Ask WPL: How can I find a library practicum that incorporates social work?

Tania says: I wanted to ask if you have any advice for finding library practicums that embrace WPL. I am a library student with previous experience as a case manager at a not-for-profit mental health organization. I am having difficulty finding library practicums combine librarianship and social work.

The thing about library-social work collaboration is that in its latest form, it’s still a pretty new idea. While some libraries are bringing in social work interns because they recognize the need for that kind of help, it’s less common anywhere to take the next conceptual step and combine librarianship and social work into one role. So, it’s not surprising that you’re not finding a lot of options. But, I still think there’s a lot of possibility out there if you expand the frame you use for WPL.

Even if potential supervisors do not, you know what special skills you’re bringing from your social work background. Are there particular populations you’ve worked with more than others? You might start by looking for internships in areas that serve more people like the ones you have special expertise in working with. A common example would patrons experiencing homelessness: if you’re interested in working with that population, you could look for a practicum in an urban library that would give you plenty of public service time. That’s just an example – if you’ve worked with particular age groups or immigrant populations, you could take a similar approach to looking for a high-touch position where those folks are located.

Similarly, you may want to look more generally for positions that focus on outreach and/or community engagement, or seek out an internship at a library that does a lot of community-based work. Again, this might require using your own expertise to suss out the possibilities inherent in the internship. I’m thinking of a neighborhood library I work at – we could describe a practicum here in such a way that it might look like it’s only covering the basics of library work, but because I know the library and the diverse patrons who come here, I can also see how someone with a social work background could contribute something to the team and to our approach to service.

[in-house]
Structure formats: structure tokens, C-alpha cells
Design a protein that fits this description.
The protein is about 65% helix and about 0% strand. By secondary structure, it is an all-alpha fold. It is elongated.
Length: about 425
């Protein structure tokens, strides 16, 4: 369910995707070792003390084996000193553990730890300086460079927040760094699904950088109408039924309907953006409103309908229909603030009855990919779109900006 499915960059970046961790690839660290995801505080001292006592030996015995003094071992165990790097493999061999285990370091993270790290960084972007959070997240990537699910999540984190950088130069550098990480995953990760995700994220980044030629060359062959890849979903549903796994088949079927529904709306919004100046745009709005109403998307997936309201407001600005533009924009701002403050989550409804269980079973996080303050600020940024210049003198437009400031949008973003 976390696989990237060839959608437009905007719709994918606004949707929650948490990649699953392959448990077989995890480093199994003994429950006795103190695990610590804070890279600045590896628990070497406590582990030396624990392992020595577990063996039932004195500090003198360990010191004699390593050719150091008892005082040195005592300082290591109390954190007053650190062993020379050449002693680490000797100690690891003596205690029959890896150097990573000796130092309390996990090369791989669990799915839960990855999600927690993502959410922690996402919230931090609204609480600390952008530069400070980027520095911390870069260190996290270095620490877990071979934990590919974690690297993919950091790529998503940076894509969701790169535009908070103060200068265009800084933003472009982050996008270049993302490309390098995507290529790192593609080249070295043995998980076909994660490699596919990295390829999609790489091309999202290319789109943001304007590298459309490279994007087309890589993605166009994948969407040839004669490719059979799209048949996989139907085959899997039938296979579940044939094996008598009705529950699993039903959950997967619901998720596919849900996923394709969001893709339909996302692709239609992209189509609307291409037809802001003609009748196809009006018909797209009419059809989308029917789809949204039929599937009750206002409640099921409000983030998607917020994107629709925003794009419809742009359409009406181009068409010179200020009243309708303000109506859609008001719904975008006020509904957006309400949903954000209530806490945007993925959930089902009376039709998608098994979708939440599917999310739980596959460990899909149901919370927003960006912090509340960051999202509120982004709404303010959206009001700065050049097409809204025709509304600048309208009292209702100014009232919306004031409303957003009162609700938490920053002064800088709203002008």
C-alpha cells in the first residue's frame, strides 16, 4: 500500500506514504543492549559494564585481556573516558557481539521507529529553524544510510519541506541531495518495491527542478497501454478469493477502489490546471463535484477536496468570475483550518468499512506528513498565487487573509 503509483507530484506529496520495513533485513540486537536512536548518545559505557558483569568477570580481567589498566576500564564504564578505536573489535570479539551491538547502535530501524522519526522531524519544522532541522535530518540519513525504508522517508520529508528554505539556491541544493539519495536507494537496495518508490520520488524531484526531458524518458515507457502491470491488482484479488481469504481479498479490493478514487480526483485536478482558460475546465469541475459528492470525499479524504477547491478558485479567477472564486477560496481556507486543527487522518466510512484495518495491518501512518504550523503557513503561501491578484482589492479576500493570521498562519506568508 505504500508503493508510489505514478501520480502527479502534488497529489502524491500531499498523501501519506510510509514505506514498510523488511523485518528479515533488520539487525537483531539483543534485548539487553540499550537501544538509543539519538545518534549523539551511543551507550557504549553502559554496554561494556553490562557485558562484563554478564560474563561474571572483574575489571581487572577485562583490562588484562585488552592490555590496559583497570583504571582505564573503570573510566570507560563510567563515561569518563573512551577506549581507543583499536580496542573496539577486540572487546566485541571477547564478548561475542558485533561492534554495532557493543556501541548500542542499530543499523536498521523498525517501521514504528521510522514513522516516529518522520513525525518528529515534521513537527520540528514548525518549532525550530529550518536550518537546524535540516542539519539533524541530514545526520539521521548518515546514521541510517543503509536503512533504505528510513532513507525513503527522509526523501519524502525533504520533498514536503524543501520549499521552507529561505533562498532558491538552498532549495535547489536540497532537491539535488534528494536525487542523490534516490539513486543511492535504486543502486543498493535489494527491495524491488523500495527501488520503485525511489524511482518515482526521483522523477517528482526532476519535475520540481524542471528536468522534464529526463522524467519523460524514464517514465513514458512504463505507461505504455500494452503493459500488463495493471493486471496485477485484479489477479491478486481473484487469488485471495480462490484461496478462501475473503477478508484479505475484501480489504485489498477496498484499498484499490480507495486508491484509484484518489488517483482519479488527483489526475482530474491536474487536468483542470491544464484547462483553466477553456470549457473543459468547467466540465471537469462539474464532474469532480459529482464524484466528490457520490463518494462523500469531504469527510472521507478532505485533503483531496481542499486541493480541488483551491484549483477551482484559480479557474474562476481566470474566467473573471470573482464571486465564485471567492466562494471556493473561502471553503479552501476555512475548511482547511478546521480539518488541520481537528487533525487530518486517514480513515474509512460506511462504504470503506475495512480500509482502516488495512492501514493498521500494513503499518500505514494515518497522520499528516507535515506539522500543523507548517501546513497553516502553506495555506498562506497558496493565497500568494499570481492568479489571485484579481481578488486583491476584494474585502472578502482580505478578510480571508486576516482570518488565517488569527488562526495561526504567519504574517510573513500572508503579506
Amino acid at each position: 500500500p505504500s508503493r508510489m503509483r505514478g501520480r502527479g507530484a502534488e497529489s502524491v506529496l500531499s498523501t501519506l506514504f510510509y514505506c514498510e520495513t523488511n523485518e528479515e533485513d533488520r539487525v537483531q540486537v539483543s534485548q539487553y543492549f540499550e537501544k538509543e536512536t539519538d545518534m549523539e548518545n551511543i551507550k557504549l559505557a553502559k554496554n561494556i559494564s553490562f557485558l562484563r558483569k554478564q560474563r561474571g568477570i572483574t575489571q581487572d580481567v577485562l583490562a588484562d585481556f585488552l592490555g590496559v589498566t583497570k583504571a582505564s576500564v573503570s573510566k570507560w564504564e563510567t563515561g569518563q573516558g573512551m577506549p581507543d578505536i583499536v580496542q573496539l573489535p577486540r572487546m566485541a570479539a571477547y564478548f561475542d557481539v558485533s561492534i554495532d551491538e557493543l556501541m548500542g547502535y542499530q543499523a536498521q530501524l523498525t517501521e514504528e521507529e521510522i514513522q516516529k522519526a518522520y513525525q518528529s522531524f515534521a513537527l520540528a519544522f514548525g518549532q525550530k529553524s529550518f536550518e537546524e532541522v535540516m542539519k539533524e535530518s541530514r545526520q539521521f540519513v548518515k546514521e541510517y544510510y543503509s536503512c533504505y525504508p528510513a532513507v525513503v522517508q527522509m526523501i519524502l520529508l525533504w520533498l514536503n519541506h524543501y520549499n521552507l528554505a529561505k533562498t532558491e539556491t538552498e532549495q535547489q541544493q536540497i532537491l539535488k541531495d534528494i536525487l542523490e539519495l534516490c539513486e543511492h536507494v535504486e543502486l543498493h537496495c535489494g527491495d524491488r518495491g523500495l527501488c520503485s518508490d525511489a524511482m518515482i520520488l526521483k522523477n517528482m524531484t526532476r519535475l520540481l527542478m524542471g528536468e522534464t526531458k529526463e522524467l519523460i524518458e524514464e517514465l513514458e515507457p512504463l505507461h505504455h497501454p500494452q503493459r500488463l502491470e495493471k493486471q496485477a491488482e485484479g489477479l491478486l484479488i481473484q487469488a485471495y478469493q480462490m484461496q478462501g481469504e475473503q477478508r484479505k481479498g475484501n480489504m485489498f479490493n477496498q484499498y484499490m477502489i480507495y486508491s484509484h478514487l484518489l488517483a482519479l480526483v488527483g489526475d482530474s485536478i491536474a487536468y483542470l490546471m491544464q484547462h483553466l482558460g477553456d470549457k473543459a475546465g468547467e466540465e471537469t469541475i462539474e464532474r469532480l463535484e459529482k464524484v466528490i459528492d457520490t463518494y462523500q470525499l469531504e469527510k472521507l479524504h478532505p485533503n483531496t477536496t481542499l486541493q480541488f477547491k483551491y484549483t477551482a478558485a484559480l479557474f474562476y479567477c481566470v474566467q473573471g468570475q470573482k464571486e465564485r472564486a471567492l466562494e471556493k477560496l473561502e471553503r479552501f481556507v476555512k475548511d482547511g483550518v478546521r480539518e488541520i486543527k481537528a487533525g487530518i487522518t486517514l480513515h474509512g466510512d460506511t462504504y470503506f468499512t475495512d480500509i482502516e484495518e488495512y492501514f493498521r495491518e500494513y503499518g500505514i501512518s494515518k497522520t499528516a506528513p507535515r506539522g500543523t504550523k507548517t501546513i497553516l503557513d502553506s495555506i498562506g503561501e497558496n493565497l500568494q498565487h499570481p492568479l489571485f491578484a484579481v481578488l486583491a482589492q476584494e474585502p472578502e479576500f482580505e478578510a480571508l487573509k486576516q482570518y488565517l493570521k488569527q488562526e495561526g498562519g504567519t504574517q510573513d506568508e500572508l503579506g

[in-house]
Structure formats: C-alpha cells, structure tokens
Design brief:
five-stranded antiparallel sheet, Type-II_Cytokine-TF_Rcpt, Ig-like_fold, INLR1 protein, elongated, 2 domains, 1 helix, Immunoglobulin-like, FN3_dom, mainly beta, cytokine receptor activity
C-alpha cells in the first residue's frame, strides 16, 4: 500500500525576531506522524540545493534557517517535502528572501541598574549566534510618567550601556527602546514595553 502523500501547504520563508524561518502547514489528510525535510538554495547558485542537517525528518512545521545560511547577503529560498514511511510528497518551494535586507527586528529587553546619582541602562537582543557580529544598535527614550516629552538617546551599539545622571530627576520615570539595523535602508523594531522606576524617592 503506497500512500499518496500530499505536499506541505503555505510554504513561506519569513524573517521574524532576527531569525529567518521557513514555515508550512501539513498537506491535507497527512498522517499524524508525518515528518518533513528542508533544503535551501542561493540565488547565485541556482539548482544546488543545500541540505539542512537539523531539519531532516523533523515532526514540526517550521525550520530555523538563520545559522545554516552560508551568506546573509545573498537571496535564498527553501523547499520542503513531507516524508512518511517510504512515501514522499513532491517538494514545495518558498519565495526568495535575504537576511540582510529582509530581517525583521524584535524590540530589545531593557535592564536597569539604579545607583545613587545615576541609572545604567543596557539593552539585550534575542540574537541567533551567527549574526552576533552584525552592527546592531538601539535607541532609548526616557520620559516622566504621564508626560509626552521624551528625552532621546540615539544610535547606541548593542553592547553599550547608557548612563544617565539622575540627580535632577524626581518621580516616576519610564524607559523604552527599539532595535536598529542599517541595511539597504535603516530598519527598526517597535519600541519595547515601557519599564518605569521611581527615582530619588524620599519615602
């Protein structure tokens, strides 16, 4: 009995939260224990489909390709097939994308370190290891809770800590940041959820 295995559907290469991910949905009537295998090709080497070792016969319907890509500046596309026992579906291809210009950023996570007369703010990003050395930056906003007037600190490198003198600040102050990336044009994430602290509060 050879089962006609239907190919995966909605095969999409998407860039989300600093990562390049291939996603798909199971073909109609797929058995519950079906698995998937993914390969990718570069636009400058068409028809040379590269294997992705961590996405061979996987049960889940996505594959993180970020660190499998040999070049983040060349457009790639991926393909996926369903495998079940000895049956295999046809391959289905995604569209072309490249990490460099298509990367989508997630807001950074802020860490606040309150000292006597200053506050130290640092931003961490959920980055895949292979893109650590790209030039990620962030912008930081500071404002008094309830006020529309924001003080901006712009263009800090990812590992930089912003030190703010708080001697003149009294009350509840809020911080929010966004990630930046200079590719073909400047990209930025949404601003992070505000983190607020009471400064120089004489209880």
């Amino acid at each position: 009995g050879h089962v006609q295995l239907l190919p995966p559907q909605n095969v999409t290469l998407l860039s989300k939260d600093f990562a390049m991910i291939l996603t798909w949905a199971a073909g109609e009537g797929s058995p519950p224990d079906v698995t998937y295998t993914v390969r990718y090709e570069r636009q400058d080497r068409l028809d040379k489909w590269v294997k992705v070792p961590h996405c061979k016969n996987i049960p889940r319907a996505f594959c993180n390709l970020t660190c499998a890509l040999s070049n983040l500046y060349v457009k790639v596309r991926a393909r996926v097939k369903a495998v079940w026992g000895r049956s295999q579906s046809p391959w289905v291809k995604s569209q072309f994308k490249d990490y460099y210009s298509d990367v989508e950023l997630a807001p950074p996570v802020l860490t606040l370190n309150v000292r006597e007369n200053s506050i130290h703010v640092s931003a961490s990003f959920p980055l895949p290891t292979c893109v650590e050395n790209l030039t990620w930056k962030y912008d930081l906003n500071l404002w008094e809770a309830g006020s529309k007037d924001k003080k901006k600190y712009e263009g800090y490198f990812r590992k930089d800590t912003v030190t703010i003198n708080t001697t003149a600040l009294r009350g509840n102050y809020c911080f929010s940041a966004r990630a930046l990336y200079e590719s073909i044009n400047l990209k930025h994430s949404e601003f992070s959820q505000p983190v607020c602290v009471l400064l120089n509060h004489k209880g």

The second piece of the puzzle is working with a creative and innovative librarian. My practicum wasn’t something that was posted or offered to me – I made it happen by approaching a librarian I wanted to work with. Even if you don’t find someone who latches onto your social work background right away, a supervising librarian who is open to experimentation and new ideas can help you create a space for bringing in your own version of a WPL approach.

One you have the right location and supervisor, you can take some responsibility for utilizing your social work background in that position. Think of it as an opportunity for you to educate others as well as an opportunity for you to learn on the job. If the people you’re working with see your social work expertise in action, and they see how it makes you shine as a librarian, that’s a profound way to help spread awareness. Another great thing is that a practicum – as opposed to a less structured internship – should give you the opportunity to reflect on your experiences. Take advantage of that and focus any surrounding research and writing you may be doing on the aspects of WPL that you see as relevant while you’re learning your new position. You could even share your results here, if you want!

I hope that’s helpful, and I’d welcome further questions and comments. Also, if someone in the Chicago area happens to be reading this who might have an opportunity for this particular student, please email me, and I can put you in touch.

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